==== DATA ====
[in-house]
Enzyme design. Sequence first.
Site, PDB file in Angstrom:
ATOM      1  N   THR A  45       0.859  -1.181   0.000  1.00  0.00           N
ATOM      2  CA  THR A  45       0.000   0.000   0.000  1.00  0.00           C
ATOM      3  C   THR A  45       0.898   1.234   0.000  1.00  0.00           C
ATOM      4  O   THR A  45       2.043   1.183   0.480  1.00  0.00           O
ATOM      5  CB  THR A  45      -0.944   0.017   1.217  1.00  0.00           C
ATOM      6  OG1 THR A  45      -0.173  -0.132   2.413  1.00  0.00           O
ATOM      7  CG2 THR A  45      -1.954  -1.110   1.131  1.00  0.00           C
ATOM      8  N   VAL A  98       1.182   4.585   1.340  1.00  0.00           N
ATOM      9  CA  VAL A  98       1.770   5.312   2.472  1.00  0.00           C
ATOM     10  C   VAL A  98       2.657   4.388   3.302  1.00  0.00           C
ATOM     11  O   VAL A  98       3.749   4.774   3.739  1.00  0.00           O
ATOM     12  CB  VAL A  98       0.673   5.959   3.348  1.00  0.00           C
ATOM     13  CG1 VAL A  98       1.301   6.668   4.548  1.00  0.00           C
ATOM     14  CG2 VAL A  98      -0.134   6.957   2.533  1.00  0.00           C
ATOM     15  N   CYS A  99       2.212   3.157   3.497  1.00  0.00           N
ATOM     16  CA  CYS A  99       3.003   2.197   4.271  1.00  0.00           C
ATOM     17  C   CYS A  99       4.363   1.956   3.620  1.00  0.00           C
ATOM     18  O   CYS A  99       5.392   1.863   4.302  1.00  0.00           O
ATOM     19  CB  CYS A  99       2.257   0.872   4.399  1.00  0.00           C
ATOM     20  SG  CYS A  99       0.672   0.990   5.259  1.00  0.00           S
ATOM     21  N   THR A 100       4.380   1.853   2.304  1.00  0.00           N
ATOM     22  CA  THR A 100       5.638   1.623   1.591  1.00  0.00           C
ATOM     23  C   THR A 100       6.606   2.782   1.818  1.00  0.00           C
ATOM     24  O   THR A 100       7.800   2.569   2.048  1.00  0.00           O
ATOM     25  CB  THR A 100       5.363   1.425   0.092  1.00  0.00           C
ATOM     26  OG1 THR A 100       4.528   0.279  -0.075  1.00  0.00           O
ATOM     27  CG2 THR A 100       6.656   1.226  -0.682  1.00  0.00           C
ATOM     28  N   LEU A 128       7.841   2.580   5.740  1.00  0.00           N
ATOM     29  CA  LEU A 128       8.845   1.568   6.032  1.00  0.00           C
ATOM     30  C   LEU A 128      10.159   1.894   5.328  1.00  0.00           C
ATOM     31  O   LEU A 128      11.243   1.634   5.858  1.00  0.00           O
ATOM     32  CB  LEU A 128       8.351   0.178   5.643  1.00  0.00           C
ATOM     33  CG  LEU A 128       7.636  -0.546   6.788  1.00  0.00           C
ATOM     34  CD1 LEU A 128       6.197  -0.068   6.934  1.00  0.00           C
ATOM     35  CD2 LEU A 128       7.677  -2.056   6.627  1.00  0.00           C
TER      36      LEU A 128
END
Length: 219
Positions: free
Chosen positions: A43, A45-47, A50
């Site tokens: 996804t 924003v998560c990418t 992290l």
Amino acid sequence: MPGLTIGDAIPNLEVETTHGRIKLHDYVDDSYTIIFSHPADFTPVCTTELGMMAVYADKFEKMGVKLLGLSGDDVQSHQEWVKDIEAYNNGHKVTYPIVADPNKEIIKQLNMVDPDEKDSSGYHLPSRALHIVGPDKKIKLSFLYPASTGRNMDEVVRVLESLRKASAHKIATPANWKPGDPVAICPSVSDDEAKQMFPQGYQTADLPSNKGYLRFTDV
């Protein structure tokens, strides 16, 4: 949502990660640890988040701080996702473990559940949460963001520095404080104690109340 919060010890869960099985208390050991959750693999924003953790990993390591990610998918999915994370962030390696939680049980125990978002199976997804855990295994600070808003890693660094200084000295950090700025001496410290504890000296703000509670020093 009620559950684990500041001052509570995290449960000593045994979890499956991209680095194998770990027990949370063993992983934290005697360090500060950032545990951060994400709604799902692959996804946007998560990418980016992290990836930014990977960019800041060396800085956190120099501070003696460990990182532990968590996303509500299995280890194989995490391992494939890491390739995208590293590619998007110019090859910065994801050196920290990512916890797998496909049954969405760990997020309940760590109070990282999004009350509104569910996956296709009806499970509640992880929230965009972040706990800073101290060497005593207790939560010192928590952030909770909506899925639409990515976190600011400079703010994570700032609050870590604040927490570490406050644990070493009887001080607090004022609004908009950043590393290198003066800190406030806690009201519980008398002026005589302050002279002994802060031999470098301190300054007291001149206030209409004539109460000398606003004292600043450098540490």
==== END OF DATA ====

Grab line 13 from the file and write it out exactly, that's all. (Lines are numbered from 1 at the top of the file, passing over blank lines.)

ATOM     10  C   VAL A  98       2.657   4.388   3.302  1.00  0.00           C